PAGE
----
Boron Sulfide

Boron sulfide is an amorphous powder that disperses in water or alcohol. It has a formula of B2S3. It has a valence band top state of 2.83 eV, which is slightly higher than the valence band top state of silicon. Boron sulfide is acid-soluble. In the presence of sulfur, it hydrolyzes into boric acid and phosphorus trisulfide.

A new simple synthetic method has been developed to prepare binary metal sulfides in situ. This technique demonstrated its versatility with oxides of various transition metals, rare-earth metals, and polysulfides. The method provides an effective, versatile method for engineering electrical structure and the potential to improve the performance of the OER process.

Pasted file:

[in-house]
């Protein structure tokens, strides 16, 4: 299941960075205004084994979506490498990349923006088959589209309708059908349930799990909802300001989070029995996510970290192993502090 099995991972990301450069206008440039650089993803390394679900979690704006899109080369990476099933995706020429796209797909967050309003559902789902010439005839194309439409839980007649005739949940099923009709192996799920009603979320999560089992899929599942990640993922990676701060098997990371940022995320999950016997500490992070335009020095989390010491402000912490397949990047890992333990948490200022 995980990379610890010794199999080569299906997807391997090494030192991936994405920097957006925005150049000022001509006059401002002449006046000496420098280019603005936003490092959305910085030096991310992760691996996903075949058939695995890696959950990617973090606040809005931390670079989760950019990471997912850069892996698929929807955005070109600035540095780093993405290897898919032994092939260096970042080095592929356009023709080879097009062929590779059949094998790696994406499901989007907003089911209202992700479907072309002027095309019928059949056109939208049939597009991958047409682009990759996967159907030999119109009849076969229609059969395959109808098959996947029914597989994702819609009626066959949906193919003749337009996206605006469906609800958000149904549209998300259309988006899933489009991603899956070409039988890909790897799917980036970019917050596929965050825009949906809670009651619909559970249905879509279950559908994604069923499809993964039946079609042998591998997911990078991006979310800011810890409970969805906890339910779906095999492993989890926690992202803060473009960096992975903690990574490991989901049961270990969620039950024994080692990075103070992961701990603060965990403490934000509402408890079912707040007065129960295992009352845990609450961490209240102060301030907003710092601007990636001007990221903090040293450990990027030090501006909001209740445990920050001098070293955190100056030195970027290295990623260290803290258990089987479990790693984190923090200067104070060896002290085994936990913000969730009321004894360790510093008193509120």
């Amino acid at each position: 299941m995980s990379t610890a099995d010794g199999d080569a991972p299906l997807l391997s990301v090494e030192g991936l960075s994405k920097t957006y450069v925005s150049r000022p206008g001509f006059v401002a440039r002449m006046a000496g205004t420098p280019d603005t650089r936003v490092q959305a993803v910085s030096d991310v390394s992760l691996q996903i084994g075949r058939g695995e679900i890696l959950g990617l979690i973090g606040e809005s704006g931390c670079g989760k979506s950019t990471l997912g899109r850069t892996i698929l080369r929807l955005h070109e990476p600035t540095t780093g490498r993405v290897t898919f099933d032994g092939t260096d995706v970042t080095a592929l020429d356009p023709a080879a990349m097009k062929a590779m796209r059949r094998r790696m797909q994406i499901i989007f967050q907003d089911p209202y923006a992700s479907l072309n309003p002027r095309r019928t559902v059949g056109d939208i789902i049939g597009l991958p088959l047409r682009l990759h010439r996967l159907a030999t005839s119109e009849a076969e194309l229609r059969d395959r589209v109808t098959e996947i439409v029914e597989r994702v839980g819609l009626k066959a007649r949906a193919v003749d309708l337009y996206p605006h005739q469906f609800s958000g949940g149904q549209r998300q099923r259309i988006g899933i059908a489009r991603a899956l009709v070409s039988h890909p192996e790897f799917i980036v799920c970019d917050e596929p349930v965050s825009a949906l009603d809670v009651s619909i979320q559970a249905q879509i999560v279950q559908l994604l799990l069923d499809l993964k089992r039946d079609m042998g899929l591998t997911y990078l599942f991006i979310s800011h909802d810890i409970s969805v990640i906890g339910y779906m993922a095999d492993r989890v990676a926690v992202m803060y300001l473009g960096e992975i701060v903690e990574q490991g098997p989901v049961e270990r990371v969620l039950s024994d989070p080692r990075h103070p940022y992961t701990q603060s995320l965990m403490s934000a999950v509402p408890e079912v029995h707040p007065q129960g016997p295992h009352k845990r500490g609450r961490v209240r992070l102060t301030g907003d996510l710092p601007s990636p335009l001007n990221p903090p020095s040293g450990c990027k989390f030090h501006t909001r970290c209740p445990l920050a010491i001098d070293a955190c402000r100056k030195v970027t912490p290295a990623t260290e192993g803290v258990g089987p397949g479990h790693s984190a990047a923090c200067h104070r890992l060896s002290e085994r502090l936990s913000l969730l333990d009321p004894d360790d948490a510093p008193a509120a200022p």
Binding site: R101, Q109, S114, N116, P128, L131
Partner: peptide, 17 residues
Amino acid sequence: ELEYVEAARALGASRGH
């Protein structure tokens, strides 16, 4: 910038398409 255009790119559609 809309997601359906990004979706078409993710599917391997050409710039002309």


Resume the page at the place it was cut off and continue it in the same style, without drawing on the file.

To study the real-space structure of the 2D sheets, a high-resolution transmission electron microscopy (TEM) was performed. Images showed folds that are characteristic of 2D sheets, and showed the presence of boron and sulfur.

XPS peaks have B: 2.1017, S 2p3/2: 7.1859. High-sensitivity XPS peaks were observed with a detection limit of 0.82 mgL-1. These peaks are of hybridized pz orbitals of boron and sulfur.

In a 2H-BS monolayer, a semiconducting behavior was observed, with a parabolic dispersion along the M-K line. The binding energy between the BS monolayer and H2 molecules was low, suggesting that pristine BS has a weak binding strength with H2.

Among the boron-based nanomaterials, the pristine BS monolayer has a unique property. It has a higher effective hole mass than the r-BS monolayer. Moreover, its effective electron mass is smaller than the r-BS monolayer. Therefore, the pristine BS monolayer has high conductivity and has a potential application as an n-type semiconductor.

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